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Town house 373 Hostel, Ho Chi Minh City

Wednesday, 26 July 2017

I  did a hell of a lot of research for my recent trip to Vietnam. I've been to Asia before but always though a travel agent so booking this trip by myself was a big thing. I knew that I was going to be a long way from home, very hot and very tired so it was pretty important that I picked places that I could come back to relax after a long day. I didn't want the stress of being unhappy with where I was staying ruining my trip. 

Whilst most of these things are a given when you book a nice hotel, it was especially important to me with my anxiety and OCD, that my accommodation was clean and safe; and good A/C was a bonus. Our hostel in Ho Chi Minh City was particularly important because it was going to be the first hostel we stayed at in Vietnam and the place we would go to having come off of a very long flight. I picked Town house 373 which was part of three town house hostels in HCMC.
With a 9.1 rating on hostel world, Town houses 373 seemed like a good choice. They helped with booking my airport transfer and we arrived at around 7.30am. Reception was bright, spacious and as soon as I entered, I felt totally at ease to leave my bags there in reception which is very odd for me. They continued to make us feel safe throughout - I was very pleased to see that they had a padlock on the door each night which they had to open for us to get in.
 
Although it is located down an alley way, a lot of places in HCMC were, it was the perfect location for me as it was close to the backpacker district but it was on a different street so it was very peaceful. Whilst at first I was a little worried about how far down the alleyway it was; after I walked down it on my own for the first time, I realised that alleys here are not like alleys in London and it was totally fine, there were other hostel and shops the whole way down.
The room was my biggest shock and that was in a good way. As we opened the door, we were hit with cool air. The photos on Hostelworld look a tad bit digitally created so I wasnt 100% sure whether to believe them but surprisingly, it looked exactly the same. Again it was very light with white walls and a blue stripe design behind the wall mounted TV. Yes, there was a TV; and a safe. Amazing. 

We paid $90 for three nights in a private twin en suite room ($15 / £11 per person per night) but were upgraded to a private triple room so there was loads of space. The beds themselves were quite hard but I actually prefer that when it's not my own bed - I'd also say that these were actually the cleanest of the trip with not a stain in sight.

The room came with a daily free bottle of water each, a complementary large and small towel and was cleaned daily - just like a hotel! The bathroom was also equipped with shower gel, shampoo and toothbrushes.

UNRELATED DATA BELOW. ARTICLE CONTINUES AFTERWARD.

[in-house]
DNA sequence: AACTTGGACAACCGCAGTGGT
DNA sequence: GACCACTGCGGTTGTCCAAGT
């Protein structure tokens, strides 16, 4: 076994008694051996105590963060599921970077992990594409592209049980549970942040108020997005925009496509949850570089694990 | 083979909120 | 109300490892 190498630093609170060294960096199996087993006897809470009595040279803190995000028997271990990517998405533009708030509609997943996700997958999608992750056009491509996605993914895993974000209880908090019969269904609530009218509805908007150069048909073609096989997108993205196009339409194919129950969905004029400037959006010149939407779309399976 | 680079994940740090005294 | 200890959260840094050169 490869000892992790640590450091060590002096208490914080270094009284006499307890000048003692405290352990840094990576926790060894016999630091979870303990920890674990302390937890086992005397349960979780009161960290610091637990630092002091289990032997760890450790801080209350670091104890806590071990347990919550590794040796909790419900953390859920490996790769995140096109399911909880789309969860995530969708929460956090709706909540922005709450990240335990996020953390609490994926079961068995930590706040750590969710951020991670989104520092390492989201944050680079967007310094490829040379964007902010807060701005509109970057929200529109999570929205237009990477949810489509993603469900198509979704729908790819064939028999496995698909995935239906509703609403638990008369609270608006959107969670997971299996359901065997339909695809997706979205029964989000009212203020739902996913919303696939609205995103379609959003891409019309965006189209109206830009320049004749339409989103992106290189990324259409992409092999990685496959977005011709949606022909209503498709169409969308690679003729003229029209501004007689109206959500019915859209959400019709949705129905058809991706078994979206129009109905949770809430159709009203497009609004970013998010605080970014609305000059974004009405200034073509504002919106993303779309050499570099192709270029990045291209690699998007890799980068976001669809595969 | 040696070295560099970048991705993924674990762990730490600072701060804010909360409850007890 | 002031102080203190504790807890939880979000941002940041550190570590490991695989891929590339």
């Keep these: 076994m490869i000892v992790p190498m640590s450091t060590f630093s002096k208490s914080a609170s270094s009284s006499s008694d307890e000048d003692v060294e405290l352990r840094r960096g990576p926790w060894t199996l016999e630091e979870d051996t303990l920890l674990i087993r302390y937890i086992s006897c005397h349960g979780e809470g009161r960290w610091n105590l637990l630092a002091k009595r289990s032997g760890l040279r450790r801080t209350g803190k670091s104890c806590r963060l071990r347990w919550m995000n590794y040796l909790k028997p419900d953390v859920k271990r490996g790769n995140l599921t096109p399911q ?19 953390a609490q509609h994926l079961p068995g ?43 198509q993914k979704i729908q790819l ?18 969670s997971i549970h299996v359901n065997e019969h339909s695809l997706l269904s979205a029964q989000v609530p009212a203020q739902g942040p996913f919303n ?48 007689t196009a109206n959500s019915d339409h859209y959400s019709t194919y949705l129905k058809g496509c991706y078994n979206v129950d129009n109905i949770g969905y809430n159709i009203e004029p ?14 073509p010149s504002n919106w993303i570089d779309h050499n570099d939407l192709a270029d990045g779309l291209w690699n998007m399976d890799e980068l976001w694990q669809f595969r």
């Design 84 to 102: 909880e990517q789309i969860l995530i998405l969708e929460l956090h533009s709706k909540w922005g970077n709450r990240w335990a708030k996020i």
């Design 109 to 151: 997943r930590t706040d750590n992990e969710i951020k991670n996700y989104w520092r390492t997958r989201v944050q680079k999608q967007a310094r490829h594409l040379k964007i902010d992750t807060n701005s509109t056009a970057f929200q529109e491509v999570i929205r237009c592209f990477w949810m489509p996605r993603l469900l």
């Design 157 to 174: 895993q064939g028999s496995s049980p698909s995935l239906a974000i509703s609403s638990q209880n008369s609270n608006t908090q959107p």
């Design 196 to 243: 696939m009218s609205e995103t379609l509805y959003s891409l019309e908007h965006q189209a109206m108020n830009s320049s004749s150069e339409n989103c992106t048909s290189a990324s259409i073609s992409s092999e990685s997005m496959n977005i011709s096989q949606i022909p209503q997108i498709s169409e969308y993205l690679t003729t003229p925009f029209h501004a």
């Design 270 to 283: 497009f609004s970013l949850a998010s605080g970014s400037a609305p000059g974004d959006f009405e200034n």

It was pretty perfect for what I wanted but I thought I better mentioned the bad points here. These things didn't bother us in the slightest but I guess it's worth mentioning. There wasn't a lift so we had to carry our stuff up two flights of stairs and the A/C was great but it was loud although that was nothing a pair of ear plugs couldn't fix - apart from that, it was actually very quiet at night time.

Lastly our shower leaked so the bathroom floor did get quite wet but as I said, it was cleaned daily and I brought shower flip flops so it didn't make a difference to me.

The wifi was fast and the breakfast was great with a selection of fruit including bananas, many of which we took out on with us for the day plus they did freshly cooked eggs. There was also a fridge with the cheapest water that we found in the whole of our stay; a small bottle there cost 5,000 VND which translates to 17p.

This hostel wasn't social at all but that was just what I was looking for. There was always someone to welcome you at reception but apart from that, there was hardly anyone around. For me, it was the perfect place to come back to after an exhausting day exploring the crazy city outside.

More Vietnam Posts: 
My two week Vietnam itinerary.

Things to know for your first time shopping in Marrakech Souks

Wednesday, 19 July 2017

The souks in Marrakech are unlike anywhere I've ever been to in my life. They were an absolutely incredible experience for me and something I can now tick off of my bucket list. Twisty roads and little alleys full of stalls with canopies hanging over the top; it was quite a culture shock but what an experience! I wrote about how magical it was (here) but there are also a few things that I think it is important to be aware of, just because it's magical doesn't mean it doesn't have its flaws. Here are some of my tips for your first visit! 
Hire an official guide
As soon as you go in, you'll see why; it's very overwhelming and a bit of a culture shock so I was so glad we had Sami with us otherwise we would have never found out way out of there! Apart from not getting lost, whilst he was guiding us though labyrinth of little alleys, he stopped off to show us a traditional clay oven hidden behind one of the souks and was able to answer all of our questions along the way. We also found that with him with us, we got hassled far less than when we went back to the square on our own a few days later.
Wear the right clothes